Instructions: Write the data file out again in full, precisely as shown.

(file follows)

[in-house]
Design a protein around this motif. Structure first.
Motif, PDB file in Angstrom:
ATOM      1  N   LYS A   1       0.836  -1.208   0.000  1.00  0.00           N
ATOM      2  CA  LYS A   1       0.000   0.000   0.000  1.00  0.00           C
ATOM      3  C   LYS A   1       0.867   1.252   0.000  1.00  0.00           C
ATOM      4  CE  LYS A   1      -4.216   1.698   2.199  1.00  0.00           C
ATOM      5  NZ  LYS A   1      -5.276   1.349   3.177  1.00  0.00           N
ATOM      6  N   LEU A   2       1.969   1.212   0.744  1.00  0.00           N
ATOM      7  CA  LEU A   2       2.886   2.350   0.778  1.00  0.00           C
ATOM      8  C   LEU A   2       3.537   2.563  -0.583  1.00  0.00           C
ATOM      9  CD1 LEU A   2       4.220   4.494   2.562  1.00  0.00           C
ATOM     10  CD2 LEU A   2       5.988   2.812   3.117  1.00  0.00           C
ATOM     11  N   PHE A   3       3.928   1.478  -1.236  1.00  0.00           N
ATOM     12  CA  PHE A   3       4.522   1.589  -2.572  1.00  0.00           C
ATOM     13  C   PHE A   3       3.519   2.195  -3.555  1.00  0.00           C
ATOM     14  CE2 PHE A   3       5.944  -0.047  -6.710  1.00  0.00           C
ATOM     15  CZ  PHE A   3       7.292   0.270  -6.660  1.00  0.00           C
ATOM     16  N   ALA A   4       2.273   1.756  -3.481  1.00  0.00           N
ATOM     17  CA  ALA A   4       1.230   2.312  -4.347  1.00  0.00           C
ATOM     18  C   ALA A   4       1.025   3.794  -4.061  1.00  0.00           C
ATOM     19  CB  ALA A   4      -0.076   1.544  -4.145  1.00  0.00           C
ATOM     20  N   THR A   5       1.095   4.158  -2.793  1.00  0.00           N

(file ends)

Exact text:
[in-house]
Design a protein around this motif. Structure first.
Motif, PDB file in Angstrom:
ATOM      1  N   LYS A   1       0.836  -1.208   0.000  1.00  0.00           N
ATOM      2  CA  LYS A   1       0.000   0.000   0.000  1.00  0.00           C
ATOM      3  C   LYS A   1       0.867   1.252   0.000  1.00  0.00           C
ATOM      4  CE  LYS A   1      -4.216   1.698   2.199  1.00  0.00           C
ATOM      5  NZ  LYS A   1      -5.276   1.349   3.177  1.00  0.00           N
ATOM      6  N   LEU A   2       1.969   1.212   0.744  1.00  0.00           N
ATOM      7  CA  LEU A   2       2.886   2.350   0.778  1.00  0.00           C
ATOM      8  C   LEU A   2       3.537   2.563  -0.583  1.00  0.00           C
ATOM      9  CD1 LEU A   2       4.220   4.494   2.562  1.00  0.00           C
ATOM     10  CD2 LEU A   2       5.988   2.812   3.117  1.00  0.00           C
ATOM     11  N   PHE A   3       3.928   1.478  -1.236  1.00  0.00           N
ATOM     12  CA  PHE A   3       4.522   1.589  -2.572  1.00  0.00           C
ATOM     13  C   PHE A   3       3.519   2.195  -3.555  1.00  0.00           C
ATOM     14  CE2 PHE A   3       5.944  -0.047  -6.710  1.00  0.00           C
ATOM     15  CZ  PHE A   3       7.292   0.270  -6.660  1.00  0.00           C
ATOM     16  N   ALA A   4       2.273   1.756  -3.481  1.00  0.00           N
ATOM     17  CA  ALA A   4       1.230   2.312  -4.347  1.00  0.00           C
ATOM     18  C   ALA A   4       1.025   3.794  -4.061  1.00  0.00           C
ATOM     19  CB  ALA A   4      -0.076   1.544  -4.145  1.00  0.00           C
ATOM     20  N   THR A   5       1.095   4.158  -2.793  1.00  0.00           N